Self-determination and self-direction

For any individual, self-determination and self-direction are key components of living an engaged community life rich in experience and social capital. Regardless of the labels assigned to a person, they can and must be engaged in determining their own life course. Often people with intellectual and developmental disabilities (IDD) benefit from targeted support to ensure that their desires for life in the community are met in balance with meeting their needs.


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What is self-determination?

Self-determination is having the degree of control a person desires. This may not always mean exercising full control over all decisions. For example, one may choose to exercise full control over what music to listen to and who to have as friends, but choose to share control with their doctor regarding health care decisions, and voluntarily give up control over financial decisions to a family member or trusted staff person, because they don't want the responsibility that comes with them. It is important to recognize and honor the degree of control and choice than a person desires. Self-determination is about being in charge but is not necessarily the same thing as self-sufficiency or independence. It means making your own choices, learning to effectively solve problems, and taking control and responsibility for one's life. Practicing self-determination also means one experiences the consequences of making choices.  

Historically, many individuals with IDD have been denied their right to self-determination. They have not had the opportunity or the supports to make choices and decisions about important aspects of their lives. Instead, they have often been overprotected and involuntarily segregated, with others making decisions about key elements of their lives. For many, the absence of the dignity of risk and opportunities to make choices has impeded people with IDD from exercising their right of self-determination and has inhibited their ability to become contributing, valued, and respected members of their communities, living lives of their own choosing.

People with IDD have the same right to self-determination as all people and are entitled to the freedom, authority, and supports to exercise control over the things in life that are important to them, to the degree that they desire. This right to self-determination exists regardless of guardianship status.

People exercise self-determination within the context of relationships with other persons, groups of other individuals, or systems; it does not lie within the person, but rather is a result of a dynamic, transactional relationship between the individual and their environment. People with intensive support needs, but who have a large amount of social capital, are therefore often able to exercise higher levels of self-determination than those who have significantly lower support needs but who are not as rich in social capital.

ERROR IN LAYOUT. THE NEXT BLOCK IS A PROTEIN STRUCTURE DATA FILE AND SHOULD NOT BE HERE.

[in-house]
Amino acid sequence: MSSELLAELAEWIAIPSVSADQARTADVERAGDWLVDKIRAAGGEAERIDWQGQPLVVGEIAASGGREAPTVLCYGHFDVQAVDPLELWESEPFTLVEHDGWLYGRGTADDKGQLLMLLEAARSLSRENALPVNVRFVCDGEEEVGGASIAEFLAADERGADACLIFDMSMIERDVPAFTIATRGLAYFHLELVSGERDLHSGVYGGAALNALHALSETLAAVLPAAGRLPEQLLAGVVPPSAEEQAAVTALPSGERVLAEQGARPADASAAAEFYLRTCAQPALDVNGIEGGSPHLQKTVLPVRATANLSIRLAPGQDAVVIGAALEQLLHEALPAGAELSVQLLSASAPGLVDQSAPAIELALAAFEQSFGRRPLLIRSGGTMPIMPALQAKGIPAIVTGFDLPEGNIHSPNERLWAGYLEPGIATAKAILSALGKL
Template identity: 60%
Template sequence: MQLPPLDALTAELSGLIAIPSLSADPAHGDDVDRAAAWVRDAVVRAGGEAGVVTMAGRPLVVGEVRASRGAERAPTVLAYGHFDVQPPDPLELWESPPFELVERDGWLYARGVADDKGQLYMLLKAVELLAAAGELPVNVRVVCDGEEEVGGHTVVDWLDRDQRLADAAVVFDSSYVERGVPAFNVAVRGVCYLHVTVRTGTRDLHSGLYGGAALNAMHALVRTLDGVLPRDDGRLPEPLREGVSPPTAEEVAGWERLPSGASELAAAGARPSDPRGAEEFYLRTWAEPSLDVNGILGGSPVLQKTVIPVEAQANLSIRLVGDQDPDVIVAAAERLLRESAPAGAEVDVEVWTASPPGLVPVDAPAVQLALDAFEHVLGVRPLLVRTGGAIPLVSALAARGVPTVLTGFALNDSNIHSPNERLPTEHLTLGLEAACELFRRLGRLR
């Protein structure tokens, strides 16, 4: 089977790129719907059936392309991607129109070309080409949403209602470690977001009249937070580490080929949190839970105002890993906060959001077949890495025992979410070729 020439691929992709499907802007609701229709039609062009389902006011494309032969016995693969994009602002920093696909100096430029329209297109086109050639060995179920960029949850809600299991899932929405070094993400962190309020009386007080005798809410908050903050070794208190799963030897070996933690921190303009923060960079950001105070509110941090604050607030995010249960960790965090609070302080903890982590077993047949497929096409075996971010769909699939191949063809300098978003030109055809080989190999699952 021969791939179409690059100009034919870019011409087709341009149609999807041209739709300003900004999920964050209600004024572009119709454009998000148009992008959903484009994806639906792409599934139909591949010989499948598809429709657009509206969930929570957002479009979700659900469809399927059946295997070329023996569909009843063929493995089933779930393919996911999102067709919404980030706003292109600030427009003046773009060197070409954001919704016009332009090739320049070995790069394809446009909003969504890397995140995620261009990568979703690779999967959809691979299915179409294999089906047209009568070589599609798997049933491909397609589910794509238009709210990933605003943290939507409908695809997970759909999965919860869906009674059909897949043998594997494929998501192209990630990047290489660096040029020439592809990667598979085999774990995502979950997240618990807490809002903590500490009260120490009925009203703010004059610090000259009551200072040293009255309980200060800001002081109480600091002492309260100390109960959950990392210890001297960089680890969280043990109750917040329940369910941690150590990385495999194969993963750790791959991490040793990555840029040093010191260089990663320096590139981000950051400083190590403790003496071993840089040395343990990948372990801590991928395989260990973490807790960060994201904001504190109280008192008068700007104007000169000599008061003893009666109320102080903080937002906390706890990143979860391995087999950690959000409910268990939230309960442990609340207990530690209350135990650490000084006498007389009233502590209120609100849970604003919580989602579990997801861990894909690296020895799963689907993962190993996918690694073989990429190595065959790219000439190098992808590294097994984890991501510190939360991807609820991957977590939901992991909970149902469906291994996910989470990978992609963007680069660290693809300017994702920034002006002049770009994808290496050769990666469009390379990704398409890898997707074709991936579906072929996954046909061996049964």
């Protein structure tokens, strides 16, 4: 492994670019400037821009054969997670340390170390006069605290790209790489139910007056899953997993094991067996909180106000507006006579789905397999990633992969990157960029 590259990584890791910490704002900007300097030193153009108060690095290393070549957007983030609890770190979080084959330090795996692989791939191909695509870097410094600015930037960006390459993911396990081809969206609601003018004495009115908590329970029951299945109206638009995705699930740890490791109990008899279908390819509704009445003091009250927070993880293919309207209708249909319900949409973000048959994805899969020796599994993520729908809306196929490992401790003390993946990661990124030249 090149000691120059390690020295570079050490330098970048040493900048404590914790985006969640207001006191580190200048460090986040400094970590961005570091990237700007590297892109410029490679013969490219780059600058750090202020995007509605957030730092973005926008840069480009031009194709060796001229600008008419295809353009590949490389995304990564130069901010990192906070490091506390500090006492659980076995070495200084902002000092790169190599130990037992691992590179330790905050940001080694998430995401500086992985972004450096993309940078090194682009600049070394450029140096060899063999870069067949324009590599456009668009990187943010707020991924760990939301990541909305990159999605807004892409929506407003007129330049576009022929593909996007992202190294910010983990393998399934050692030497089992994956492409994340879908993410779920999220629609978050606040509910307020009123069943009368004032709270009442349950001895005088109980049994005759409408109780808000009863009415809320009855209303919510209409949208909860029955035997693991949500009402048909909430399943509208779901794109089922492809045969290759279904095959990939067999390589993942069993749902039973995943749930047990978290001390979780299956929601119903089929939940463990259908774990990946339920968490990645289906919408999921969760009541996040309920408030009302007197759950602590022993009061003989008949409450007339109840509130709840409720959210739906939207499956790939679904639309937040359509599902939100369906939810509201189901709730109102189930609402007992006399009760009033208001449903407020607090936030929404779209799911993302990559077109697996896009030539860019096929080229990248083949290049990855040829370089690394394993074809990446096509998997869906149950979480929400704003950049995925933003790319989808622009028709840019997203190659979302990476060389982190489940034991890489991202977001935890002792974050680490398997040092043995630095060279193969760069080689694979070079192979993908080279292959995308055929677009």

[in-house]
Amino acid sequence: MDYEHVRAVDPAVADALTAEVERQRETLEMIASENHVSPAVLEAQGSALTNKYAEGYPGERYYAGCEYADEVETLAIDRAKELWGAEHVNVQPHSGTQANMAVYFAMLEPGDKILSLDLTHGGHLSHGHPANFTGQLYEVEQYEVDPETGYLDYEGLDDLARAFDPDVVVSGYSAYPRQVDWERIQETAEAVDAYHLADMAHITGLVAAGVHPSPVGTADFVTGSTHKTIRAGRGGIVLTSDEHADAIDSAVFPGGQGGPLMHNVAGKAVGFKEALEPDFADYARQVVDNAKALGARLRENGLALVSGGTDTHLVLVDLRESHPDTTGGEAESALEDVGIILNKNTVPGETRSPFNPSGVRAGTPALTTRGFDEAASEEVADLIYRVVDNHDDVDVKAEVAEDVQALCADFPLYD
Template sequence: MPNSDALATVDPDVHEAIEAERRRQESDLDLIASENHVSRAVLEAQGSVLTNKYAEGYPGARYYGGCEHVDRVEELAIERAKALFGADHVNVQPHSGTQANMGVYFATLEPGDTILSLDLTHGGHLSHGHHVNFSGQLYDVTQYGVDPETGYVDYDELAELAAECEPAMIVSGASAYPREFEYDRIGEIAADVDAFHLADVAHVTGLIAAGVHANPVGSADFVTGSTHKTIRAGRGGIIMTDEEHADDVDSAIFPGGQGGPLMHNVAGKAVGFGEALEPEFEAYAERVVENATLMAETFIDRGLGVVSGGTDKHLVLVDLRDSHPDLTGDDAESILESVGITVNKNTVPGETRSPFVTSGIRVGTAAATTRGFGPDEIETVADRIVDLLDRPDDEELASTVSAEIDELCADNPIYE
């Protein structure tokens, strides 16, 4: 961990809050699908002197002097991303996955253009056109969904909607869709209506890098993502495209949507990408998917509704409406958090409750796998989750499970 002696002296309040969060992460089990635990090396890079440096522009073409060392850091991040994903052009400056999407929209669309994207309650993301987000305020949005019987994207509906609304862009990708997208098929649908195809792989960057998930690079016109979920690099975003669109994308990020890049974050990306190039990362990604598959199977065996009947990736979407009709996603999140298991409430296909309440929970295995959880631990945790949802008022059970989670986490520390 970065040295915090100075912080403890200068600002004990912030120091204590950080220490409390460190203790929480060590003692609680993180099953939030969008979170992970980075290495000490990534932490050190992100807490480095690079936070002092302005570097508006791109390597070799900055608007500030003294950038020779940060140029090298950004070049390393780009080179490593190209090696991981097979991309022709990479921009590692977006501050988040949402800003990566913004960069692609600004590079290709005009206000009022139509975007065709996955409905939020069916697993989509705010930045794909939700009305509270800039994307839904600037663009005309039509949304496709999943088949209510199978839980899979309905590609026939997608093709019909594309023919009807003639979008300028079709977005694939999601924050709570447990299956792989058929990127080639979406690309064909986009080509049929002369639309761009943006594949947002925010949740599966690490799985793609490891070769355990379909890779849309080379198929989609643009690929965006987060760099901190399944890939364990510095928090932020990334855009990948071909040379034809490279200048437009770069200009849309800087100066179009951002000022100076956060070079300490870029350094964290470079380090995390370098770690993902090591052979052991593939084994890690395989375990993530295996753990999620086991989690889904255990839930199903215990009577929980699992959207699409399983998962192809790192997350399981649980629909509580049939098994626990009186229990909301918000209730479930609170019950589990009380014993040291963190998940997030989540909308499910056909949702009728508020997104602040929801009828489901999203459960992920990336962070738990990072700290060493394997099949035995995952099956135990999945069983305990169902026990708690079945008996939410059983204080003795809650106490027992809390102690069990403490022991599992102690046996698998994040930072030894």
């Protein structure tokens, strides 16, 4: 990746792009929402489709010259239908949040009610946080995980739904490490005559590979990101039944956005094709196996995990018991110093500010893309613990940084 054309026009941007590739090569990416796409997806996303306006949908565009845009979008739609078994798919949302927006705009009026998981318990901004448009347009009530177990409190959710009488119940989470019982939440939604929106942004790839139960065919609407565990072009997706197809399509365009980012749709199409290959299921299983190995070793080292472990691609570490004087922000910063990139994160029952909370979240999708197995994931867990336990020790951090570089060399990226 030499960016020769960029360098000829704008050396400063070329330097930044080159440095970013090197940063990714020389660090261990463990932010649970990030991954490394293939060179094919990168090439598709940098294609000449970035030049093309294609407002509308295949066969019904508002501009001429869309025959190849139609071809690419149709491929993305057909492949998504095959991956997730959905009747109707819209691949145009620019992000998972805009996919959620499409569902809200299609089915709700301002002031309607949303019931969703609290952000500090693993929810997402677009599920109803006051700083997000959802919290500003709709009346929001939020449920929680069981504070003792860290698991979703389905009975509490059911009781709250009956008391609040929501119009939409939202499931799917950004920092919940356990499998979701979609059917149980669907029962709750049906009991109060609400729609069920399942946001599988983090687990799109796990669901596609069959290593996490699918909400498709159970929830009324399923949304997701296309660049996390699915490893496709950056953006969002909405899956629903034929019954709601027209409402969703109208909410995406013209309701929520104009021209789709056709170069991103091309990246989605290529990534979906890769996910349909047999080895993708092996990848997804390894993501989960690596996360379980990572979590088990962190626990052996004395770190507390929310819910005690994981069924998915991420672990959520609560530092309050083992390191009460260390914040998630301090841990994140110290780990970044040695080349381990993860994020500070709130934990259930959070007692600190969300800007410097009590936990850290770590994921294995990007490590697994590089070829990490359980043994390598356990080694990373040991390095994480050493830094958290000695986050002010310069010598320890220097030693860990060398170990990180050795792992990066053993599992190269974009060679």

Family members, friends, and other allies play a critical role in promoting self-determination by providing supports and working collaboratively to achieve the individual’s goals. They should understand, recognize, and promote the rights and responsibilities of self-determination and respect the limitations on their own authority. Service providers, educators, and substitute decision-makers must recognize and respect the individual’s right to self-determination and the limitations on their authority.

What is self-direction?

Within the disability policy arena, self-direction refers to an approach to delivering home and community-based services (HCBS) that allow eligible individuals to directly control a range of services and supports—with the assistance of representatives of their choice—based on their own preferences and needs. The central goal of self-direction is to maximize an individual’s opportunities to live independently in the most integrated community-based setting of his or her choice. In contrast to traditional approaches that rely on the service provider to coordinate and deliver necessary supports, self-directed strategies shift control over resources and staffing to the individual, allowing each person to determine the role that the provider will play in his or her life. From the person’s point of view, it means going about one’s life and being able to incorporate services into the flow of daily activities. Depending on the program context, self-direction sometimes is referred to as “consumer-direction” or “participant-direction.”

In a self-directed program model, a considerable degree of authority is transferred to the participant and, in some instances, a family member who is selected or legally authorized to represent the participant. This approach is in sharp contrast to a traditional service delivery model where decision-making and managerial authority is assigned to professionals who may be state employees, state contractors, or service providers. In this sense, self-direction marks a major paradigm shift in the delivery of publicly funded HCBS.